Captain Picard and his crew pursue the Borg back in time to stop them from preventing Earth's first contact with an alien species. They also make sure that Zefram Cochrane makes his famous maiden flight at warp speed.
5 years after Pitch Black, the wanted criminal Riddick arrives on a planet called Helion Prime, and finds himself up against an invading empire called the Necromongers, an army that plans to convert or kill all humans in the universe.
Following Kirk's encounter with Khan that left the Enterprise severely damaged and Spock dead, they return to Starfleet so that Enterprise could be repaired. Kirk's hoping to go back to the newly-created Genesis planet where he laid Spock to rest. But upon arriving, he is told that the Enterprise will not be repaired and that Genesis has become a delicate matter and until it is resolved, no one is allowed to go there or talk about it. McCoy is also acting strangely and is later detained when he starts talking about Genesis. Kirk is visited by Spock's father Sarek, who tells him that he betrayed Spock because being placed on Genesis was not what he would have wanted. He tells Kirk he is supposed to bring Spock's body along with his soul or katra as the Vulcans call it which he passes onto someone, and bring it to Vulcan for the final rites. Sarek assumes Kirk would have it but he does not. Kirk then thinks that Spock may have passed it someone else and realizes McCoy is the one who has... Written by
The USS Enterprise had more damage markings on the hull at the start of this film then it did at the end of Star Trek II: The Wrath of Khan.
Considering that this film was set immediately after the events of The Wrath of Khan, there is no explanation as to why these mysterious markings appear on the Enterprise. There were three markings on the hull at the end of the previous film, one to the star drive section, one to the neck section, and one to the underside of the saucer section. In this film the star drive section and warp engines are most notable for the mysterious damage. See more »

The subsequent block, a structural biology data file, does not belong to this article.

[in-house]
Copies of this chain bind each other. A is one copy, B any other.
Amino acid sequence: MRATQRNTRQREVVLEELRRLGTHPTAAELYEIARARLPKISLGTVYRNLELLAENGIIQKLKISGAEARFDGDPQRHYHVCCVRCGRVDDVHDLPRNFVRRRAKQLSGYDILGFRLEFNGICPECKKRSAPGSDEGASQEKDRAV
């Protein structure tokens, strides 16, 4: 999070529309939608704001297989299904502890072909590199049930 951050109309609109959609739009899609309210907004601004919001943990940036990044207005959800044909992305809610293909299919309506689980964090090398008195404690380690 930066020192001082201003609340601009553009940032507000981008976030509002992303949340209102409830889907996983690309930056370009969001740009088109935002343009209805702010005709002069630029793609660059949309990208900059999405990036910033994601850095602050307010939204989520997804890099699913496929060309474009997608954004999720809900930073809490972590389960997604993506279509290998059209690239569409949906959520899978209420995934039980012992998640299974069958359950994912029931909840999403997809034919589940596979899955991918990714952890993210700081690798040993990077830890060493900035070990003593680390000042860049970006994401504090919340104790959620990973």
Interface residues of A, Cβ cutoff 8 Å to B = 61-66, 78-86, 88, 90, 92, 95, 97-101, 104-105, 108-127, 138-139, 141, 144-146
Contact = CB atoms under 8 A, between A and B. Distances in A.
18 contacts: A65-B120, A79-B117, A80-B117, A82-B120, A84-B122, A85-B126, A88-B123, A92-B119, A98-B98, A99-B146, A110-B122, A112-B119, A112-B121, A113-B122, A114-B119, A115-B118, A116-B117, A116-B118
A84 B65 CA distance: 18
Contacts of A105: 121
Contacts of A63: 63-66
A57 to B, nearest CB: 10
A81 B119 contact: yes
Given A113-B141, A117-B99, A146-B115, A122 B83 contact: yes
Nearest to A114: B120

[Spock's dying words, repeated from the previous film]
Don't grieve, Admiral. It is logical. The needs of the many outweigh...
...the needs of the few.
Or the one. I have been and always shall be your friend. Live long and prosper.
See more »
Leonard Nimoy is credited as director in the opening credits, but is not included in the cast list. There is a long gap between the name of William Shatner and DeForest Kelley, which lasts for the length of time Nimoy's name would have been displayed. See more »
Perhaps it is the inevitable comparison to the previous episode, but Star Trek III very much has a feel of being low-rent or second-rate. An excellent example of this can be seen whenever Saavik is on the screen. Kirstie Alley may not be the greatest actor in the world, but Robin Curtis succeeds in making her look like Anna Paquin or Sigourney Weaver by comparison. The strange thing is that Merritt Butrick seems to suffer a decline in performance whenever he is in the same frame with her.
Let's face it, any dialogue heavy film was going to be a letdown after the epic battles in Star Trek II. A very personal battle between two enemies that have been festering in one another's minds for years is always going to make a brief fight with a crew of Klingons seem pretty restrained by comparison. A lot of the film's plot elements also come second-hand from the previous film, so it isn't as if much is done to separate it.
The spaceship sequences also look far less realistic in this film than is the case in the past two films. It seems that Paramount hired another effects house to simulate these moments, and the result is that the ships look as if they are under a constant invisible spotlight, rather than the realistic tones that were evident in the previous two films. The combat doesn't seem nearly as realistic, either. After the massive tradings of torpedoes and phaser energy in the previous film, expecting us to believe the Enterprise can be disabled by a single torpedo is a bit much.
The dynamic between Kirk, Spock, and McCoy was always a big part of what made the original series work, so it's not surprising that an entire film be dedicated to restoring this dynamic. To the credit of the screenwriters, it works. The fights on the surface of Genesis, and some of the dialogues, give the whole film a connection with the audience that later films in the franchise particularly lack. Everyone certainly has a friend that they'd do things like this for if they had to, so it's hard not to get behind the Enterprise crew as they battle for one of their most prominent members.
I would have appreciated more footage to show how Uhura arrives on Vulcan, and what the Federation does when they learn that the crew is on Vulcan. Still, the film is much more tightly paced than some give it credit for, so we can let that one slide. It is, however, interesting to note how little internal security the Starfleet orbital station has. I would have thought that the Starfleet version of the drunk tank would have more than just two security guards, given the wide variation in alien races that make up the organisation.
In all, I gave Star Trek III a six out of ten. Most sequels try to be bigger and bolder than the previous episode. Star Trek III is an exception, but it certainly is a worthwhile viewing if you like a bit of science fiction.
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